Amethystium,
Aphelion
(Neurodisc, 2003)

Sophomore albums tend to scare me. I'm always afraid that a band or artist will, at best, be able to match the level of the first release, but rarely do many of them surpass it. I'm happy to say that Amethystium's second album, Aphelion, has improved upon what was already working well on the first CD. For those of you unfamiliar with Amethystium (which is essentially Oystein Ramfjord), think of Enigma, Deep Forest, Delirium and the like.

To describe the music in another way, I'll quote the promotional material. "Amethystium pairs ancient sounds with futuristic grooves and blends them into a meditational and fresh escape from the everyday." I noted in my review of Odonata that I did not find Amethystium to be breaking new ground, per se. However, I do feel that these CDs are just as good as the one's put out by the big-name bands above.

"Shadow to Light" is a great way to kick off Aphelion. The beat starts mellow with ethereal keyboard sounds slowly fading in. It takes more than a minute and a half for the tune to ramp up. Multiple melodies are slowly intermixed. I'm not sure what is more haunting -- the intermittent flute or the short-lived chants around the mid-point and again closer to the end of this complex piece. It seems like every time I hear this track, I notice something I missed before.

"Autumn Interlude" has a light, almost airy quality to it. The piano dominates, backed by barely perceptible Gregorian chants. The flute makes another appearance. What caps this piece, however, are the beautiful vocals of Joyelle Brandt. Amethystium can mostly be considered an instrumental band, as most vocals/chanting are background in nature. This is one of the few tracks where the music supports the singer instead of the other way around. Unfortunately, she doesn't sing long enough, in my opinion!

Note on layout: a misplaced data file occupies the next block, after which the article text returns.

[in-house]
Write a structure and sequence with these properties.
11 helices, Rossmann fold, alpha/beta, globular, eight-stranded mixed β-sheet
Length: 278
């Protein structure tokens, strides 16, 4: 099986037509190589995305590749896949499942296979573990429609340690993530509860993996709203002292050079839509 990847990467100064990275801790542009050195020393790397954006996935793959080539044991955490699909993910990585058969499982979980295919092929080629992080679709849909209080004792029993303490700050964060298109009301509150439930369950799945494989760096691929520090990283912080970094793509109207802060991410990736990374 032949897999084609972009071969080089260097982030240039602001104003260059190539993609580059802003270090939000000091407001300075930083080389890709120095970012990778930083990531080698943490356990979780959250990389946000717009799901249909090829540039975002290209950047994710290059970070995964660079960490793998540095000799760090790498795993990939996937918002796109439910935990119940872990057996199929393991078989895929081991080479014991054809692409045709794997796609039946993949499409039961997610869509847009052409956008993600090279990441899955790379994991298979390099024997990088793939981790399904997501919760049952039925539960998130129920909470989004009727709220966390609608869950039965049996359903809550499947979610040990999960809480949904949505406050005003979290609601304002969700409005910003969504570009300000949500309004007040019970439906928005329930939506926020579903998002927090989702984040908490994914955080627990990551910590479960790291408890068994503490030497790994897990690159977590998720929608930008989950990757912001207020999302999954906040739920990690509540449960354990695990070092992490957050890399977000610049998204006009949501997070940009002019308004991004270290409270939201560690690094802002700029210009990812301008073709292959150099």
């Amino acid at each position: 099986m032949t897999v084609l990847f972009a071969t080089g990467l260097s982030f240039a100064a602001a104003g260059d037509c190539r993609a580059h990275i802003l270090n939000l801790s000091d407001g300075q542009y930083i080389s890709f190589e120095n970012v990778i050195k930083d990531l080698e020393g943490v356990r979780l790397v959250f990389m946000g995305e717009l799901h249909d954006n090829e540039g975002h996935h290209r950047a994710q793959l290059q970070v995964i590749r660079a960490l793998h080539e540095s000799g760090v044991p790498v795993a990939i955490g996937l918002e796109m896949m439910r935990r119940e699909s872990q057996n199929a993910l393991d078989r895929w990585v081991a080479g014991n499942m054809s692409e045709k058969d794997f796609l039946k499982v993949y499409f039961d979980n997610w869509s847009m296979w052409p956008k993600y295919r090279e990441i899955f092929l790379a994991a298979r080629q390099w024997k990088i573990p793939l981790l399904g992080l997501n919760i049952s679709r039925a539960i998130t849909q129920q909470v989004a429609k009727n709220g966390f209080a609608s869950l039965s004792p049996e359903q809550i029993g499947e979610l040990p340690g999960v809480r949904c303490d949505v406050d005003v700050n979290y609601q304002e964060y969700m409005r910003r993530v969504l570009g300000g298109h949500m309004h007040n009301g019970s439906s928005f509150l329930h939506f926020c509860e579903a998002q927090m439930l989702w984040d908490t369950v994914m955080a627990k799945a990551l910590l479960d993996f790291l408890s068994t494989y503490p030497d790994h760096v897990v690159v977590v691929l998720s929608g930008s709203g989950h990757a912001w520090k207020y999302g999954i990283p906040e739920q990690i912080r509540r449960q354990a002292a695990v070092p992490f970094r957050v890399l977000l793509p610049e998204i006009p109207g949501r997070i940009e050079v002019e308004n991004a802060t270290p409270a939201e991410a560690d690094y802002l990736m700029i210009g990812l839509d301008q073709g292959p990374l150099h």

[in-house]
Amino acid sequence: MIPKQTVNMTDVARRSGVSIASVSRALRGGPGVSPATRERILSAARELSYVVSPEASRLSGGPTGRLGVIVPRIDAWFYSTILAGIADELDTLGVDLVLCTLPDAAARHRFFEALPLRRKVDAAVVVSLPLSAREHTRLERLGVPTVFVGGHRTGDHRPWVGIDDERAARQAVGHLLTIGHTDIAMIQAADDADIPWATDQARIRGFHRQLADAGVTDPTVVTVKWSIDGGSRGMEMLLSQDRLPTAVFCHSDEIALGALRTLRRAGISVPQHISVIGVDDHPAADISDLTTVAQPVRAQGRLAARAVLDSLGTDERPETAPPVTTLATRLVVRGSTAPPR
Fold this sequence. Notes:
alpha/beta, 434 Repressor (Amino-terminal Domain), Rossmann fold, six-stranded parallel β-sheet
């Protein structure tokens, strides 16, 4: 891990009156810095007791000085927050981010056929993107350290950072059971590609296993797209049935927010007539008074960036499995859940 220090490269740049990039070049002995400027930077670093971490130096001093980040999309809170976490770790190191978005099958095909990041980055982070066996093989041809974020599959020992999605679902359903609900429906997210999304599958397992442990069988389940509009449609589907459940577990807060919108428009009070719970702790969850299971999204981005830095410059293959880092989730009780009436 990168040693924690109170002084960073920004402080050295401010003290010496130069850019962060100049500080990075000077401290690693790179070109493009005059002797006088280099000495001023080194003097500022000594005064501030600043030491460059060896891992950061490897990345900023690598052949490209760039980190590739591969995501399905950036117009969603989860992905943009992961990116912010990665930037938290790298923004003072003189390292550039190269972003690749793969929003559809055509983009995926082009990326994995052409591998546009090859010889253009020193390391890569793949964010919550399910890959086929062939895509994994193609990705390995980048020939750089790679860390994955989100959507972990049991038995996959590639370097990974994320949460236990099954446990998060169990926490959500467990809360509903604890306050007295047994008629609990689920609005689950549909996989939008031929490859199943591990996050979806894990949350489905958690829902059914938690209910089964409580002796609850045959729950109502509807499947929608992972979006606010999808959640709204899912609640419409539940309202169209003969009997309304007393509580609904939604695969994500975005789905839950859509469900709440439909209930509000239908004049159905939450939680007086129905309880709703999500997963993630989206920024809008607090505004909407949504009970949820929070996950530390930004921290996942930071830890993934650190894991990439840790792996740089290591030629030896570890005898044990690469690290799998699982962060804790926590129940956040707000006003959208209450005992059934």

"Elvensong" is aptly named. With the Lord of the Rings movies out, the race of elves is more on the mind than they otherwise would be. If the elves of Middle Earth were with us today, I would not be surprised to find them producing music such as this. With little imagination, it is easy to see how the dream-like quality of the music combines elements of magic and nature. Synave Flobak joins Oystein by playing cello on this track that definitely adds a sense of elven timelessness to the piece.

I enjoy ethereal electronica that fuses world music with keyboards. I think Amethystium supports this genre very well. I feel that both Odonata and Aphelion are excellent CDs. I don't think you could go wrong by purchasing either. But I would suggest you do yourself a favor. Save some time and get them both.

- Rambles
written by Wil Owen
published 12 July 2003



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